When a tornado may develop, there are several atmospheric signs to look for. The sky may turn green. The wind may stop abruptly. Hail may pelt the ground. A cloud of debris approaches. Conditions become way too dangerous to human fragility. Everyone must take cover for safety.
A similar environment is created by some toddlers. Many kiddos are like little wildflowers, little fireworks ready for ignition, smaller versions of one of Mother Nature’s works of exponential force. They don’t mean to wreak havoc sometimes; they just do. Parallel provisions must be made when Jai gets into this…mood. The climate she harvests is newer in terms of its arrival at our home, but interesting in its paradigm. Its primary sign of advance is in the repetitious use of a singular phrase.
Or, verbalized in song form: “Nooooo.”
My baby girl has discovered a group of diverse levels of the feelings surrounding “no.” Admittedly, I had never recognized how different rebuffs could actually be, mainly because we did not experience a “no phase” with her older brother. I have already witnessed plain dislike or displeasure. Minor whines, rarely tears. There’s unwillingness to participate, which includes louder pronouncements of her favorite expression. Hostility increases from here with shriller tones of repudiation and abhorrence. She gets big mad at this point. Loathing. Terminating outrage. Temper tantrum volcanic eruptions.
This is when we run and hide in a cellar. We don’t recommend anyone try to face her head-on when she reaches F5. Just let nature do its work.
Here we are at one of Jai’s many milestones that we must ride out until the next one emerges. A BabyCenter article discussed the upsurge of “The No” for two-year-old babies in a way that makes sense. “The technical name for your child’s fascination with the word ‘no’ is ‘toddler refusal’ – and the simple fact is that toddlers say ‘no’ because they can,” says the BabyCenter experts. “‘They’ve just found out that they have a will, and they want to exercise it,’ explains Susanne Denham, professor of developmental psychology and author of Emotional Development in Young Children.” (BabyCenter Medical Advisory Board, 2017)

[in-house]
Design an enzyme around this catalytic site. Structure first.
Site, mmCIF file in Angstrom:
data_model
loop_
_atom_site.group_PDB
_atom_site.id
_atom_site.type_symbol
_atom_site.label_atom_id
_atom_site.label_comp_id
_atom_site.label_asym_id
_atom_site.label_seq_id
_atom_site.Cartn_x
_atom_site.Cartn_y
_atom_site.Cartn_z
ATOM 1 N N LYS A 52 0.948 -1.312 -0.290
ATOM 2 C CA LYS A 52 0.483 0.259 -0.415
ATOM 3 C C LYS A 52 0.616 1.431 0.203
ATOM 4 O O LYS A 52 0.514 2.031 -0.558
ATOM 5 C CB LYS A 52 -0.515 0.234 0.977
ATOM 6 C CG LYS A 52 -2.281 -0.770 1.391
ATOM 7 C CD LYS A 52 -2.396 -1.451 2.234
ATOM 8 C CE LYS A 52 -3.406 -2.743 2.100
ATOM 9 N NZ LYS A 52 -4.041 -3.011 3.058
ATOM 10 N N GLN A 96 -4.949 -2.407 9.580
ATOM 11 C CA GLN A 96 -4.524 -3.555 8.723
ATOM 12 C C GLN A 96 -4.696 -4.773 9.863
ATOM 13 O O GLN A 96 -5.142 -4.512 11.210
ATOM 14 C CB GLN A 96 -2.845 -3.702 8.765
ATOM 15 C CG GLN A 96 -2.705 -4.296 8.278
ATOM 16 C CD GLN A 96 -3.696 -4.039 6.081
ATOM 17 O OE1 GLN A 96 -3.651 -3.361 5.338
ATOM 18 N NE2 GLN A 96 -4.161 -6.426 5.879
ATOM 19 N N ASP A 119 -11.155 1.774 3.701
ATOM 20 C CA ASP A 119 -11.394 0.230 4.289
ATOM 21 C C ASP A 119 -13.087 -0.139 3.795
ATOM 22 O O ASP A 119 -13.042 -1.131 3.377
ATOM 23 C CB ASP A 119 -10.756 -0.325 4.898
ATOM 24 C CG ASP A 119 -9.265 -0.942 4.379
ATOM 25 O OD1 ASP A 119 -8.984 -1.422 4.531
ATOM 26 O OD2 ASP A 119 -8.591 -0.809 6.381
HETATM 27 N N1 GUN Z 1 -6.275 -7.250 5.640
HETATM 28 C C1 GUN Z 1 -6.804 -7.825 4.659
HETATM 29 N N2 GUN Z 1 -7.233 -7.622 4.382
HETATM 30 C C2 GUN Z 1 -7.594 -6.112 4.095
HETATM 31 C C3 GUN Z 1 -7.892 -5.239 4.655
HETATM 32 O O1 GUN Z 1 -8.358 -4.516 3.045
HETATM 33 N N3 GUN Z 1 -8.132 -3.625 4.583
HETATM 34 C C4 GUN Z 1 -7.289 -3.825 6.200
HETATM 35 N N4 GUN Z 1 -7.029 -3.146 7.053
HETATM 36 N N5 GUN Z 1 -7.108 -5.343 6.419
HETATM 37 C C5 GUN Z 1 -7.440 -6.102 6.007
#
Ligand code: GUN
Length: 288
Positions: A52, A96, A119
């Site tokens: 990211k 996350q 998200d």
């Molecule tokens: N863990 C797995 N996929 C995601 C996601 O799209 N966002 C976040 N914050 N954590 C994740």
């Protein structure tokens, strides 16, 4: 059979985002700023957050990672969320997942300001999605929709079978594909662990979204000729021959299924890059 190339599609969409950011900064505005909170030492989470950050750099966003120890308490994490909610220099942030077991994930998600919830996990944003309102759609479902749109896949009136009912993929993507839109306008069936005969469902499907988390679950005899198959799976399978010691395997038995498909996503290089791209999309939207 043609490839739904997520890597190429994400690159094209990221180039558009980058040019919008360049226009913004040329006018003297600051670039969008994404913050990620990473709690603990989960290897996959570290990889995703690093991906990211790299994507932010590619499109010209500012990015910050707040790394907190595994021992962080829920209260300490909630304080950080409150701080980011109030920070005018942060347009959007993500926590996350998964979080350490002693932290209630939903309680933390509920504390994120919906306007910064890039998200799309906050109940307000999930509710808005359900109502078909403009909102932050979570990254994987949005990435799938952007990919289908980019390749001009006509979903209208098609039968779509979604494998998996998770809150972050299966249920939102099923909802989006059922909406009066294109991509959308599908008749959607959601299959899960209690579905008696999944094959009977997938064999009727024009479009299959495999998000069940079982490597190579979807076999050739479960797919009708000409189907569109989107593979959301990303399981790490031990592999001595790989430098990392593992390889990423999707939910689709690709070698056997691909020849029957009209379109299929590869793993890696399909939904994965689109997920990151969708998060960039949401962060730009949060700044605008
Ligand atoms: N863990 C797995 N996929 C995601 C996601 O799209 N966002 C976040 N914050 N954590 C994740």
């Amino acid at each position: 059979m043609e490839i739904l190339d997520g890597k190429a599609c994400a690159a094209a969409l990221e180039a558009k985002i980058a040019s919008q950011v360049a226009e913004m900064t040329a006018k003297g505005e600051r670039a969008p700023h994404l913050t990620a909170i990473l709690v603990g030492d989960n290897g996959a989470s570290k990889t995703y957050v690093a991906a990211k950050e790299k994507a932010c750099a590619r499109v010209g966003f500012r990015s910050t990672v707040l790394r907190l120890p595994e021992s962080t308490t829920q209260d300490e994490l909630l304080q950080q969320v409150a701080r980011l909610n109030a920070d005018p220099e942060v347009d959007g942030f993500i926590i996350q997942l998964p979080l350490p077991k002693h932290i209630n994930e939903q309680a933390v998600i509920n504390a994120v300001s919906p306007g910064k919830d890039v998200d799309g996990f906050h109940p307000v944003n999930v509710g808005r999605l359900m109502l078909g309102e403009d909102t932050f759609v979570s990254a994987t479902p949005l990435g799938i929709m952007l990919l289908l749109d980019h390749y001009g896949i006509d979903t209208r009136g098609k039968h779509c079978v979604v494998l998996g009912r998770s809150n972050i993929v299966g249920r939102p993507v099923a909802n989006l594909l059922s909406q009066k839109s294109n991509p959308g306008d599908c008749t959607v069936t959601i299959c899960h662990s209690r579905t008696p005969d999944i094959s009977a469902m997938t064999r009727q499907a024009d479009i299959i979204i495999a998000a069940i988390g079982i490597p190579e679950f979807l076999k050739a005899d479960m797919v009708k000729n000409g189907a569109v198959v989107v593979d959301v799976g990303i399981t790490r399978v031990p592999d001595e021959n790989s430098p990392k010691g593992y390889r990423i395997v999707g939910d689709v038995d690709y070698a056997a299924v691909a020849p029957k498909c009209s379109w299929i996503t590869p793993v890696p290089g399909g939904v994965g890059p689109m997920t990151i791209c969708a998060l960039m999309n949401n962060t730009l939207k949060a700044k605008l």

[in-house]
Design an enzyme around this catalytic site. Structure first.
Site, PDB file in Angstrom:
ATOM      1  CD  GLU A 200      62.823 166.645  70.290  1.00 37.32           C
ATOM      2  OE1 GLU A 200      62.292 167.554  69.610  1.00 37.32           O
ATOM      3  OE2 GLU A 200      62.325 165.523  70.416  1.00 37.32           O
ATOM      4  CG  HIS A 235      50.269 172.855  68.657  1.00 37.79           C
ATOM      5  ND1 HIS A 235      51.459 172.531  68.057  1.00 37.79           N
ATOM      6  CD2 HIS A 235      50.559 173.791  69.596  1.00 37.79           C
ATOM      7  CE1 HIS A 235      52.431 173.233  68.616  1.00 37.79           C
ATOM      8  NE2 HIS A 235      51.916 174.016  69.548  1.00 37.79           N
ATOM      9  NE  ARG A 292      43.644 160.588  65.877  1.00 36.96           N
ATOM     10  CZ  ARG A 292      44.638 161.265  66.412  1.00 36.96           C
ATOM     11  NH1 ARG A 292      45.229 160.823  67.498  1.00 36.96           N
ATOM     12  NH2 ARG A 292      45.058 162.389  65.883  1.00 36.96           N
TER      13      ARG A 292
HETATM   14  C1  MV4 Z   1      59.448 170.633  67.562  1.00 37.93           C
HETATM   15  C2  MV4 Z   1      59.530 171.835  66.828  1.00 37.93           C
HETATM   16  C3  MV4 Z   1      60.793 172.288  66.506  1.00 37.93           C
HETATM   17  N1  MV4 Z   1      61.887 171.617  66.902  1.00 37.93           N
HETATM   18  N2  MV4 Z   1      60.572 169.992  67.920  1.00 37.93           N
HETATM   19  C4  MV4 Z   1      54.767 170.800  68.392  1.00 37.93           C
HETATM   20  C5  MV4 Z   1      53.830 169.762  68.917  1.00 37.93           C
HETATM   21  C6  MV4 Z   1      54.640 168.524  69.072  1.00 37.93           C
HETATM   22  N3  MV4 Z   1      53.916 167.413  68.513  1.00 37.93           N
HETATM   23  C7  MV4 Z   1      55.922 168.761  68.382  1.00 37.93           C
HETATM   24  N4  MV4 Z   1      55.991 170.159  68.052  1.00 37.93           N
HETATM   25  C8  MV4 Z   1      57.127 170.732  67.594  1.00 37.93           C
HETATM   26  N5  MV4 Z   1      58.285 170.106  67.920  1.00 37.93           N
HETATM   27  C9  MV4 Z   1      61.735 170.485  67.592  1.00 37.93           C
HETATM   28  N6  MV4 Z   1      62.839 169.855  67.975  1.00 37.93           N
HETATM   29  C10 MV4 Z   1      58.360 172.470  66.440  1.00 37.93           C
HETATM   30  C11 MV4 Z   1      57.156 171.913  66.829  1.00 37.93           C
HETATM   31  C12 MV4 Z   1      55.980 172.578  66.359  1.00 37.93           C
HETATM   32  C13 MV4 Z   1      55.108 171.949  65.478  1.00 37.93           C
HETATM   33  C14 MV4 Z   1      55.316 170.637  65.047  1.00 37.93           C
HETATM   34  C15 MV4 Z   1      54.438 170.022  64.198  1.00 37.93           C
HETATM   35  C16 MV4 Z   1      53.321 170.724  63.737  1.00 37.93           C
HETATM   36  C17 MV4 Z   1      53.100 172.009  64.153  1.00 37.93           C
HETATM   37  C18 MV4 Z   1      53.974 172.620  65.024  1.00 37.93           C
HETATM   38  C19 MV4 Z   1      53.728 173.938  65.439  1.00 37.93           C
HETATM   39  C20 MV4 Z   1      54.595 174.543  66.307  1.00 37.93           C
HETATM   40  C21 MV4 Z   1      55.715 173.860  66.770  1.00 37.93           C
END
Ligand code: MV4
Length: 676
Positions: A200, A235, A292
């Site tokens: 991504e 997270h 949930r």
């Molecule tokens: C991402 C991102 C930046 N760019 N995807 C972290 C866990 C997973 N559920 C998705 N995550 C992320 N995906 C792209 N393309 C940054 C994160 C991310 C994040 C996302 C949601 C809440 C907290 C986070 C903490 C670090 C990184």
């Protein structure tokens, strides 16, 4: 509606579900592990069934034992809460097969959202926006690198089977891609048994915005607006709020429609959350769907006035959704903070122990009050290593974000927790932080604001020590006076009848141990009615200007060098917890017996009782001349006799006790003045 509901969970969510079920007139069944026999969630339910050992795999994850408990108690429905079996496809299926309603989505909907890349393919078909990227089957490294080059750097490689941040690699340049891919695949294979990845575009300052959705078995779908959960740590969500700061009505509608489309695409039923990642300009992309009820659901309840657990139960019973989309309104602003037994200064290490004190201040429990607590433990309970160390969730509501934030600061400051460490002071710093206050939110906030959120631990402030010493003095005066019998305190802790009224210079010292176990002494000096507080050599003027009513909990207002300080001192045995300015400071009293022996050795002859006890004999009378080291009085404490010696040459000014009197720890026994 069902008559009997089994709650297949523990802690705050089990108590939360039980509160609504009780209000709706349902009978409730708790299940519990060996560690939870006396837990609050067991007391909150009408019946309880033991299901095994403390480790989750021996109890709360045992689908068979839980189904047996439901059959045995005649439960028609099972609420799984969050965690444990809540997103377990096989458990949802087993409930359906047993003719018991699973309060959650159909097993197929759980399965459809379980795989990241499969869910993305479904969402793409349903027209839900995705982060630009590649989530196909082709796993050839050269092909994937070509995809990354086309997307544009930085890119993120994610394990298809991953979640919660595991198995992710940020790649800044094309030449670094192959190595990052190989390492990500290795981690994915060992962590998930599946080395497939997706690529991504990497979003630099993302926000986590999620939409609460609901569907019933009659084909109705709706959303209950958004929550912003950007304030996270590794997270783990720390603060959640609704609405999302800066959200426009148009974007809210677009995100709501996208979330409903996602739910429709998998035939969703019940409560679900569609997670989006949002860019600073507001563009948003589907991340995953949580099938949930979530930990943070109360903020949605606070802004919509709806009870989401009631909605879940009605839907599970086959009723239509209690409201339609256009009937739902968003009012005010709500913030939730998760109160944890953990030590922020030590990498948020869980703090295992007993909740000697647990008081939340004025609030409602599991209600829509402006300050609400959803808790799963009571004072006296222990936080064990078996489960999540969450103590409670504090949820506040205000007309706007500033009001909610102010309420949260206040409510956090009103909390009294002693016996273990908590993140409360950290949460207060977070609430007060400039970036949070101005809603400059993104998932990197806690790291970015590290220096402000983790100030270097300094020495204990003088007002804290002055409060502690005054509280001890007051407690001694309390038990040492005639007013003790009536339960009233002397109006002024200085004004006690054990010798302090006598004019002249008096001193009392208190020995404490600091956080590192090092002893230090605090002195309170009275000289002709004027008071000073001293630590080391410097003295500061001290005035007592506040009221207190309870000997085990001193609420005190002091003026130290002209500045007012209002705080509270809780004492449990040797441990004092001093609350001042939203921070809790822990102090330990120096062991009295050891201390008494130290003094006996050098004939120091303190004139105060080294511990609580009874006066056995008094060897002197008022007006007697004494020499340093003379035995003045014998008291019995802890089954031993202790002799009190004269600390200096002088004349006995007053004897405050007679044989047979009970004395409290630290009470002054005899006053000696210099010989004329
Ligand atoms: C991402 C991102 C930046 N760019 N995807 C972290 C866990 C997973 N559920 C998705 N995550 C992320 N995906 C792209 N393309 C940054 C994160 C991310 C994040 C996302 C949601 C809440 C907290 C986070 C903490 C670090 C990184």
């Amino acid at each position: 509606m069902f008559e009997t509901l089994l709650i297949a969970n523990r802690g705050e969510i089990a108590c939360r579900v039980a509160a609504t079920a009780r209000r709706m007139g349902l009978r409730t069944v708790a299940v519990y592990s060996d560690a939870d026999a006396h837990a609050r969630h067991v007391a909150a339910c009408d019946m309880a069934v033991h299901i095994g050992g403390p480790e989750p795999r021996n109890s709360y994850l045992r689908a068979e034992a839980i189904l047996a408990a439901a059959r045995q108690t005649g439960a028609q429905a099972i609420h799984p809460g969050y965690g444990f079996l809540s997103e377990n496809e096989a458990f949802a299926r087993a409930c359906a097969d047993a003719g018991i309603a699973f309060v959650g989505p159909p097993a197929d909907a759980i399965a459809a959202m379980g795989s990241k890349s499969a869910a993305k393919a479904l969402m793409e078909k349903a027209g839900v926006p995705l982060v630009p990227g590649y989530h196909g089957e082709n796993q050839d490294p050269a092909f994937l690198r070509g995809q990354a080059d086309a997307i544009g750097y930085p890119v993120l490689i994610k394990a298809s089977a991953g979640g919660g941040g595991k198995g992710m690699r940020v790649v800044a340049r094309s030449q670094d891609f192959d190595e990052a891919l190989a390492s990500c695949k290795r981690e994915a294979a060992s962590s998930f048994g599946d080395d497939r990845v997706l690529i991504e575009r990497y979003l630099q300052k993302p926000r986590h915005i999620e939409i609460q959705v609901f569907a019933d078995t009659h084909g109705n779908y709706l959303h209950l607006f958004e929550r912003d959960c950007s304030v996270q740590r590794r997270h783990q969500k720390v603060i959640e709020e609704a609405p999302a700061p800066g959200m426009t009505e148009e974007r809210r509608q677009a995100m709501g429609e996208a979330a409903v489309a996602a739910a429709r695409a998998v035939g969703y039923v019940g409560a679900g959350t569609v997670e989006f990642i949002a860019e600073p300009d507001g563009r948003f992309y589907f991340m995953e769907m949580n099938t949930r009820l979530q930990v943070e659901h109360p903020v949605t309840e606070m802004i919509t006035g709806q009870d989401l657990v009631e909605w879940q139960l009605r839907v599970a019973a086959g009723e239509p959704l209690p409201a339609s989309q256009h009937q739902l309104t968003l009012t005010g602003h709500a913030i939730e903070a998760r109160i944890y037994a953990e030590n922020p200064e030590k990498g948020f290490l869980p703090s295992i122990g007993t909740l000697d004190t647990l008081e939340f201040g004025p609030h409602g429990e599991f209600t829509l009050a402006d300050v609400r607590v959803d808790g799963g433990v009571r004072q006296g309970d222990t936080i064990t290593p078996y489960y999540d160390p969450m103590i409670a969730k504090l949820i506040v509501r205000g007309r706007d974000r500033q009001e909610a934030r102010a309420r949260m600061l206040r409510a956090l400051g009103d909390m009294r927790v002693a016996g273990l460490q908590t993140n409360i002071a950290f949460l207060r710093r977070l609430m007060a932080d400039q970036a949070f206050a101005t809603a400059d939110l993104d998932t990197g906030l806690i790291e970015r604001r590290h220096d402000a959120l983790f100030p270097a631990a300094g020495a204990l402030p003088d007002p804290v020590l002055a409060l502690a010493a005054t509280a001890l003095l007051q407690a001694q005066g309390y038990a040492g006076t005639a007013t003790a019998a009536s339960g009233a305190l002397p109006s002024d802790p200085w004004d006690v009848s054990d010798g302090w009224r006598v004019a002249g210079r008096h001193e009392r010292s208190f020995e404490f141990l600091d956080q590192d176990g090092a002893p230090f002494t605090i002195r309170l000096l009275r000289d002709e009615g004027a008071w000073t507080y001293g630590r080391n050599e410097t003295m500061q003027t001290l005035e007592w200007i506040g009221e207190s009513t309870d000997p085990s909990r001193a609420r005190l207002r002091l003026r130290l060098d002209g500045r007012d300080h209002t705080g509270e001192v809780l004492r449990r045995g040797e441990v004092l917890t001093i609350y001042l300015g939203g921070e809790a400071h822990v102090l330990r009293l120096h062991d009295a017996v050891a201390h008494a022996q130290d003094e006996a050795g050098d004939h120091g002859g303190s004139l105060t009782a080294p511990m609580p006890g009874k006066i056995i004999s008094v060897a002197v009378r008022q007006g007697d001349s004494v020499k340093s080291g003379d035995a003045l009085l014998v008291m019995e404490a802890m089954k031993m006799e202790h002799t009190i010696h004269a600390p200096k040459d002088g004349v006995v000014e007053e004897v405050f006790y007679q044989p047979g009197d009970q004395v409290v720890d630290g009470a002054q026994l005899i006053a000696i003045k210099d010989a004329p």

Fundamentally, Jai wants us to recognize that she also has a list of emotions and desires, just like everyone who is bigger in the house, and her voice must be heard, too. I imagine that her parents’ frequent “no” employment, along with that of bossy big brother, can be frustrating to hear when she really, really wants to put those leaves in her hair or stick a USB cable in a wall outlet. I can’t say that her imitation is not justifiable.
So, when Jai starts to hurl her countless objections, I ask her why. I fight back with my own brand of demand requisition in the teaching hopes that she learns not only the vocabulary that properly identifies the “why” behind her discontent, but the confidence to stand by her opinions and to communicate them with tact and logic. She cannot yet speak clearly, but she will. I’m attempting to be a positive role model in that aspect. “Remember: The world is still a big, mysterious place to your toddler, and he feels pretty powerless in it,” wrote Karen Bannan for Parents Magazine. “Saying no is a normal, healthy way for him to feel as if he has some control.” (Bannan, 2008)
We give her all the control she seeks within restricted safety bounds. While there in that sacred space, she can spin around in her red fury, which soon dissipates into the air as quickly as it shows up. We then get our sweet, silly tot with aerodynamic hair back for a while…until the next storm threatens.
The BabyCenter Medical Advisory Board. “Resistance: What to do about the endless no’s.” BabyCenter, Aug. 2017, https://www.babycenter.com/0_resistance-what-to-do-about-the-endless-nos_12285.bc. Accessed Mar. 24, 2018.
Bannan, Karen J. “Why Toddlers Always Say ‘No!‘” Parents Magazine, Dec. 2008, https://www.parents.com/toddlers-preschoolers/development/behavioral/why-toddlers-always-say-no/. Accessed Mar. 24, 2018.